BACKGROUND: Loop-mediated isothermal amplification (LAMP) for malaria diagnosis at the point of care (POC) depends on the detection capacity of synthesized nucleic acids and the specificity of the amplification target. To improve malaria diagnosis, new colorimetric LAMP tests were developed using multicopy targets for Plasmodium vivax and Plasmodium falciparum detection.
METHODS: The cytochrome oxidase I (COX1) mitochondrial gene and the non-coding sequence Pvr47 for P. vivax, and the sub-telomeric sequence of erythrocyte membrane protein 1 (EMP1) and the non-coding sequence Pfr364 for P. falciparum were targeted to design new LAMP primers. The limit of detection (LOD) of each colorimetric LAMP was established and assessed with DNA extracted by mini spin column kit and the Boil & Spin method from 28 microscopy infections, 101 malaria submicroscopic infections detected by real-time PCR only, and 183 negatives infections by both microscopy and PCR.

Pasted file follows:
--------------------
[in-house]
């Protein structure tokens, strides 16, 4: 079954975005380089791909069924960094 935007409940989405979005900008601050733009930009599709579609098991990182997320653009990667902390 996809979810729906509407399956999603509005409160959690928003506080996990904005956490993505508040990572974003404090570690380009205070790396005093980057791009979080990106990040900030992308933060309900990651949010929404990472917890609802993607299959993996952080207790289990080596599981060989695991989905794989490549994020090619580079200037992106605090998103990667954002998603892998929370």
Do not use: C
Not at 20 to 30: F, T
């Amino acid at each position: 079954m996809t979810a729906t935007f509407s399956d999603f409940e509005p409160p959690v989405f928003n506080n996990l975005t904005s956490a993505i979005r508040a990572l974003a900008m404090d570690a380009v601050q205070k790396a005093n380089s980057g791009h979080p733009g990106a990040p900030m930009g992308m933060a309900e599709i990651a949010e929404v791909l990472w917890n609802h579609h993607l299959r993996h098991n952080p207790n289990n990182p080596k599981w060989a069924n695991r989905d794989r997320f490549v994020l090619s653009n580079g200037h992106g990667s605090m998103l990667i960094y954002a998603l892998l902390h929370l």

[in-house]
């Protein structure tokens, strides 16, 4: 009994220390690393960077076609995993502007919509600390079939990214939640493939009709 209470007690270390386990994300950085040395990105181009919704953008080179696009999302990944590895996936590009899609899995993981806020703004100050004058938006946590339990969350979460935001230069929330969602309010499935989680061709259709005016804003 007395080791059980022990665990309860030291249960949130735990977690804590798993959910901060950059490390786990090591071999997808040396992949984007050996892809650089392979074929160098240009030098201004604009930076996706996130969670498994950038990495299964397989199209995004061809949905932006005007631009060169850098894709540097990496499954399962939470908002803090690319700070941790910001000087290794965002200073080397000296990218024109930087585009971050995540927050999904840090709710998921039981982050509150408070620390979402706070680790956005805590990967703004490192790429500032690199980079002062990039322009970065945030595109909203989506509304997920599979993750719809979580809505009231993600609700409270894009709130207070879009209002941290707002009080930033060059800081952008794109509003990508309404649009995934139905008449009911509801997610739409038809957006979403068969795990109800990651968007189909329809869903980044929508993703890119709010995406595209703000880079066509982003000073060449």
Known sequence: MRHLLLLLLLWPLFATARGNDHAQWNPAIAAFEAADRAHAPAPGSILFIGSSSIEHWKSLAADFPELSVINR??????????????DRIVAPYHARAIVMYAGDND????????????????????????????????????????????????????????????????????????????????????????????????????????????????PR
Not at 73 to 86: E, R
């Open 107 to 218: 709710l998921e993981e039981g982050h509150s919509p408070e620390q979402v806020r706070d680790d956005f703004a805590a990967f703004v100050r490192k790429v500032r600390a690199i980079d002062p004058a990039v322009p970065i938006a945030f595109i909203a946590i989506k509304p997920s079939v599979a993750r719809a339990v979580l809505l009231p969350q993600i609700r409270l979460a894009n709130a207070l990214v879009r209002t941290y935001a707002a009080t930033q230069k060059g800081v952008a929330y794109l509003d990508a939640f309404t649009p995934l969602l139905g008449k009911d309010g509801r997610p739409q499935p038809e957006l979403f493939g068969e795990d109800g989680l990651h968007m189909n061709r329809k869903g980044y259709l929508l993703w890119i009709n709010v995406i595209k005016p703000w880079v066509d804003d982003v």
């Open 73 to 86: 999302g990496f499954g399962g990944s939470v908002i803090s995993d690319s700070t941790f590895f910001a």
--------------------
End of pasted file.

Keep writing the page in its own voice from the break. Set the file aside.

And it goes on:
RESULTS: The LODs for the colorimetric LAMPs were estimated between 2.4 to 3.7 parasites/µL of whole blood. For P. vivax detection, the colorimetric LAMP using the COX1 target showed a better performance than the Pvr47 target, whereas the Pfr364 target was the most specific for P. falciparum detection. All microscopic infections of P. vivax were detected by PvCOX1-LAMP using the mini spin column kit DNA extraction method and 81% (17/21) were detected using Boil & Spin sample preparation. Moreover, all microscopic infections of P. falciparum were detected by Pfr364-LAMP using both sample preparation methods. In total, PvCOX1-LAMP and Pfr364-LAMP detected 80.2% (81 samples) of the submicroscopic infections using the DNA extraction method by mini spin column kit, while 36.6% (37 samples) were detected using the Boil & Spin sample preparation method.
CONCLUSION: The colorimetric LAMPs with multicopy targets using the COX1 target for P. vivax and the Pfr364 for P. falciparum have a high potential to improve POC malaria diagnosis detecting a greater number of submicroscopic Plasmodium infections.